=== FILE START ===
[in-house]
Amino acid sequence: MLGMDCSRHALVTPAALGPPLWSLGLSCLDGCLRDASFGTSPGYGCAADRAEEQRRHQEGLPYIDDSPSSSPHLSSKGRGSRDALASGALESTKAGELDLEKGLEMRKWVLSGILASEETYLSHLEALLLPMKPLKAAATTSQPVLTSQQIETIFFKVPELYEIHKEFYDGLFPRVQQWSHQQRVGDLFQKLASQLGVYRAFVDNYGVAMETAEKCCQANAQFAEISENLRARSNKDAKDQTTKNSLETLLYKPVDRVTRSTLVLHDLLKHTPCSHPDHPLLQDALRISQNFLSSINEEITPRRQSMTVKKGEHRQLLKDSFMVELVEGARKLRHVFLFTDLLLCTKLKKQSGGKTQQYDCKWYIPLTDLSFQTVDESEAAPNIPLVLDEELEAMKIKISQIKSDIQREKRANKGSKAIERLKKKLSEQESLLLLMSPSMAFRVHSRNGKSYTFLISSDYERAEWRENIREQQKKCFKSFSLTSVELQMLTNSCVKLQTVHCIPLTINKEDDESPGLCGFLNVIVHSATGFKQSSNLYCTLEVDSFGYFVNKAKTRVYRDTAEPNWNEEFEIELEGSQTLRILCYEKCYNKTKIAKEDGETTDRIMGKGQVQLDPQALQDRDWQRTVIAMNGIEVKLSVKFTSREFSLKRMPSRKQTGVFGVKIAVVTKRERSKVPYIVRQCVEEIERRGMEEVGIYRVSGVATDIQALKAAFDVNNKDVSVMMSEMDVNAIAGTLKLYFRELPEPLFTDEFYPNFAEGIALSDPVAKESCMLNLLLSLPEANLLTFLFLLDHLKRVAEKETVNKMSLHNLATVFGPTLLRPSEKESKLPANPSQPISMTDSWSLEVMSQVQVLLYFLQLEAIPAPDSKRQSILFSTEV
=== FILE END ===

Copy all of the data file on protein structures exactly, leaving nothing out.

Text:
[in-house]
Amino acid sequence: MLGMDCSRHALVTPAALGPPLWSLGLSCLDGCLRDASFGTSPGYGCAADRAEEQRRHQEGLPYIDDSPSSSPHLSSKGRGSRDALASGALESTKAGELDLEKGLEMRKWVLSGILASEETYLSHLEALLLPMKPLKAAATTSQPVLTSQQIETIFFKVPELYEIHKEFYDGLFPRVQQWSHQQRVGDLFQKLASQLGVYRAFVDNYGVAMETAEKCCQANAQFAEISENLRARSNKDAKDQTTKNSLETLLYKPVDRVTRSTLVLHDLLKHTPCSHPDHPLLQDALRISQNFLSSINEEITPRRQSMTVKKGEHRQLLKDSFMVELVEGARKLRHVFLFTDLLLCTKLKKQSGGKTQQYDCKWYIPLTDLSFQTVDESEAAPNIPLVLDEELEAMKIKISQIKSDIQREKRANKGSKAIERLKKKLSEQESLLLLMSPSMAFRVHSRNGKSYTFLISSDYERAEWRENIREQQKKCFKSFSLTSVELQMLTNSCVKLQTVHCIPLTINKEDDESPGLCGFLNVIVHSATGFKQSSNLYCTLEVDSFGYFVNKAKTRVYRDTAEPNWNEEFEIELEGSQTLRILCYEKCYNKTKIAKEDGETTDRIMGKGQVQLDPQALQDRDWQRTVIAMNGIEVKLSVKFTSREFSLKRMPSRKQTGVFGVKIAVVTKRERSKVPYIVRQCVEEIERRGMEEVGIYRVSGVATDIQALKAAFDVNNKDVSVMMSEMDVNAIAGTLKLYFRELPEPLFTDEFYPNFAEGIALSDPVAKESCMLNLLLSLPEANLLTFLFLLDHLKRVAEKETVNKMSLHNLATVFGPTLLRPSEKESKLPANPSQPISMTDSWSLEVMSQVQVLLYFLQLEAIPAPDSKRQSILFSTEV